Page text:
In 1997, foreign investors fled Asian markets and these once unstoppable countries came to be called “Paper Tigers” as the region was swept up in a financial flu. Could it be that within the next two years Brazil will be identified as a “Paper Jaguar” as it falls ill with a financial dengue fever? There are certainly a number of striking differences between Asia in the 1990s and Brazil over the last five years. However, there were also great differences between 1950s communist Soviet Union and 1990s East Asia, yet this did not deter economist Paul Krugman from identifying factors which were shared by both. These same factors may also exist in the Brazilian economy, resulting in the fate that befell the once revered Asian countries.
In his 1994 essay titled “The Myth of Asia’s Miracle," Krugman posited that sustained economic growth cannot be achieved only with increases in inputs such as growth in employment and increases in capital. He concluded that long term prosperity required a rise in output per unit of input and not merely additional capital investment. The rapid growth of the Asian Tigers was largely attributed to growth in available labor and capital rather than growth in total factor productivity. Net private capital flows to South Korea, Indonesia, Thailand, Malaysia and the Philippines had risen from $37.9 billion in 1994 to $97.1 billion in 1996 and unemployment rates were remarkably low in most of Asian countries. According to Krugman, all of the growth experienced in the region can be explained by increases in measurable inputs and not increases in efficiency.
Foreign capital flows to Brazil in 2010 grew 16.3% to $30.2 billion and unemployment dropped to 6.1%, representing a significant increase in capital inputs. Meanwhile, productivity has remained notably low from 2000-2008 at a rate of less than 1% annually (as compared to the United States, which averaged 4.6% per year over the same period). This would indicate that Brazilian growth is more closely correlated with increases in overall inputs than increases in output per unit of inputs. According to Krugman’s assessment this would place Brazil on the same unsustainable path as the economies of East Asia. Brazil in 2011 likely has more room to increase inputs than the Asian countries did in 1997, but unless the South American giant addresses efficiency issues, the current boom may be short-lived. A number of factors could increase Brazilian productivity including improved infrastructure, education and technology and reduced regulation and taxes.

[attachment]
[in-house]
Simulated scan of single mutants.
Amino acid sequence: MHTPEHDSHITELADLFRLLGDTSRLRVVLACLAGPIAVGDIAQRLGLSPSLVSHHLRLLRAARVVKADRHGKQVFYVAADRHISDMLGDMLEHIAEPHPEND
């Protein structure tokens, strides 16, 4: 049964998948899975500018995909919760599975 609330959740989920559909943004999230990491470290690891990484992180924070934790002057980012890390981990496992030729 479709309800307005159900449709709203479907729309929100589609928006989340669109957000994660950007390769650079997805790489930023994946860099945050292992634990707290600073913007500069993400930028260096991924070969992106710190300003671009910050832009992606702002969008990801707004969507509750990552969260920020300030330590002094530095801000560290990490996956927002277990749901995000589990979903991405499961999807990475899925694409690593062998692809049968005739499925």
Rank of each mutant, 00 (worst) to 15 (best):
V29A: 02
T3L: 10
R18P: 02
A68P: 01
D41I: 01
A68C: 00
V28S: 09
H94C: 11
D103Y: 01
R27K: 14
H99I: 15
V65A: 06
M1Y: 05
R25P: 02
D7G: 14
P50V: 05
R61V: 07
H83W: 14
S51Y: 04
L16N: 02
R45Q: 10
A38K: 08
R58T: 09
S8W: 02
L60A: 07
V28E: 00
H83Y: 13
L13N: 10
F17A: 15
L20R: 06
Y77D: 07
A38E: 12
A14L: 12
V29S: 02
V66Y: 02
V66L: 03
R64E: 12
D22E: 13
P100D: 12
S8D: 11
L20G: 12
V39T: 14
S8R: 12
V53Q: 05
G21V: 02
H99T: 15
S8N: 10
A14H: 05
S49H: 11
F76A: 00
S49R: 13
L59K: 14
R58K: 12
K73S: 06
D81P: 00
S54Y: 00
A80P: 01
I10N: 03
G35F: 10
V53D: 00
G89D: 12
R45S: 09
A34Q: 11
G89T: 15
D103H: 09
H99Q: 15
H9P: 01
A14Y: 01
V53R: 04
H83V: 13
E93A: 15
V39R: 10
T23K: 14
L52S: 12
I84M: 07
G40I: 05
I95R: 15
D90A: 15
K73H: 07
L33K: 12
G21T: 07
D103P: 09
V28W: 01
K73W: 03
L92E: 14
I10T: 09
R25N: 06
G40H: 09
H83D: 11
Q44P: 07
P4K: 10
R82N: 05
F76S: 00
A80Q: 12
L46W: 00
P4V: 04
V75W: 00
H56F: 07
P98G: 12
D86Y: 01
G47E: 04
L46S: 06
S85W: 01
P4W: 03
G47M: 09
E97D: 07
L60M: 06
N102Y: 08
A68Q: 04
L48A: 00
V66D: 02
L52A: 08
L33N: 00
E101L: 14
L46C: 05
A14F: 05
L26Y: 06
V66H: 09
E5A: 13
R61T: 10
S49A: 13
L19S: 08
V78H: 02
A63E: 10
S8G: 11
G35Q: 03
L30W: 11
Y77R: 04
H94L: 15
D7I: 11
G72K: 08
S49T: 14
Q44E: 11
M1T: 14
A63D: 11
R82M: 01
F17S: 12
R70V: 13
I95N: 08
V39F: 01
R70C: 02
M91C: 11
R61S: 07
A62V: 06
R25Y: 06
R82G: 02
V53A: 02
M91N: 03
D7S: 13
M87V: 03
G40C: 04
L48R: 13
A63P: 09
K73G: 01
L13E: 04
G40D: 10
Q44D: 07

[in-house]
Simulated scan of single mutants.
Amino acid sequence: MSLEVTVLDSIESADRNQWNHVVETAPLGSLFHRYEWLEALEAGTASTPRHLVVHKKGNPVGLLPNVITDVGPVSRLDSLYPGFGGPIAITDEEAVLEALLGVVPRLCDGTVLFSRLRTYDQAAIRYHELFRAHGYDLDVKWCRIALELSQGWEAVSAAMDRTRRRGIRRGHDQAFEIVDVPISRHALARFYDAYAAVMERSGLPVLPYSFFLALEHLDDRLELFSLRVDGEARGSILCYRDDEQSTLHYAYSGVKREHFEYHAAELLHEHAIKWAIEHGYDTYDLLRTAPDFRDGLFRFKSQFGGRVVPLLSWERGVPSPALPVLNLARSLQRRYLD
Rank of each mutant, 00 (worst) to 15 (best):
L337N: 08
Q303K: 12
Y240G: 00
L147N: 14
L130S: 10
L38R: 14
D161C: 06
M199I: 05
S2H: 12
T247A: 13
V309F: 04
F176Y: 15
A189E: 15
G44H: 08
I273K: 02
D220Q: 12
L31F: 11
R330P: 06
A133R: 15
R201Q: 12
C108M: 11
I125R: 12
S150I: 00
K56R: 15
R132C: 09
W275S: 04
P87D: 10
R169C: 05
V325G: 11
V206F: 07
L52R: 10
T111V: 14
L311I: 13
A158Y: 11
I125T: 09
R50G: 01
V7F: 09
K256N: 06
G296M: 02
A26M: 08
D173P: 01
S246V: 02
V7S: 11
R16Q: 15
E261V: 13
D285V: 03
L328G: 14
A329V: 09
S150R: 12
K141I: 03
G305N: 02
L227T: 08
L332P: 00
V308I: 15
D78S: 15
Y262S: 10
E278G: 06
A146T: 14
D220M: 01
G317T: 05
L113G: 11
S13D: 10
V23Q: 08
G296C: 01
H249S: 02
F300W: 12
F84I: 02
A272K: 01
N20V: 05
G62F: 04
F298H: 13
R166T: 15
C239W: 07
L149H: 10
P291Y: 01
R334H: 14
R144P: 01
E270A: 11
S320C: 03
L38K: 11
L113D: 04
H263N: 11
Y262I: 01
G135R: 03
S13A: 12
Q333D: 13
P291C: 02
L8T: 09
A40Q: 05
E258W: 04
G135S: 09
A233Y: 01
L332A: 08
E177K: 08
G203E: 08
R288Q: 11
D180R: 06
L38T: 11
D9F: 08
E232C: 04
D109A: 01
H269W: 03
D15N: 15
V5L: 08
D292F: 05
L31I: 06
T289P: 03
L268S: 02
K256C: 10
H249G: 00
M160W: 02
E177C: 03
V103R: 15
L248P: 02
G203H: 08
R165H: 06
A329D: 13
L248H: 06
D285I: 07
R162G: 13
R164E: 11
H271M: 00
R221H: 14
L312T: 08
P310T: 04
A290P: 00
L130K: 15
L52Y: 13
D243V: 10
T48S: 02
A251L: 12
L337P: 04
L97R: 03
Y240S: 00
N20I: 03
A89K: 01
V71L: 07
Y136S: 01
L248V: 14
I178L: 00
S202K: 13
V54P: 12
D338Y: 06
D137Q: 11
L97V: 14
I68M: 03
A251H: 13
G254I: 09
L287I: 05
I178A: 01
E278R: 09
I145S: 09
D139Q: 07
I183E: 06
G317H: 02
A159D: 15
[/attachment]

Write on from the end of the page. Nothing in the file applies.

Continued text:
The Asian crisis resulted in a massive exodus of foreign capital which economist Joseph Stiglitz compared to a bank run. The second half of 2008 already witnessed a rapid pullout of foreign capital from Brazil and it is entirely possible that a similar event could reoccur.
One trigger for a reversal of capital flows could be interest rate hikes by the U.S. Fed, or even a termination of QE2. A recent IMF study indicated that “the Fed's ultra-easy monetary policy - particularly its current $600 billion bond-buying spree - have sent even more hot money flooding into the (emerging market) economies, driving up inflation.” In the study, Brazil was in seventh place in terms of its vulnerability to U.S. policy. Although interest rate increases are not expected this year, there is a growing belief that QE2 will end shortly and not be followed by QE3 due to a number of factors, including signs of strength in the U.S. economy and employment, an increase in hawkish views in the Fed, rate hikes by the European Central Bank and political sentiment against further money printing.
The capital inputs in Asian markets did not come to an end until three years after Krugman’s premonition. Brazil may not have that much time to improve its productivity outlook and allow for a sustainable Brazilian miracle.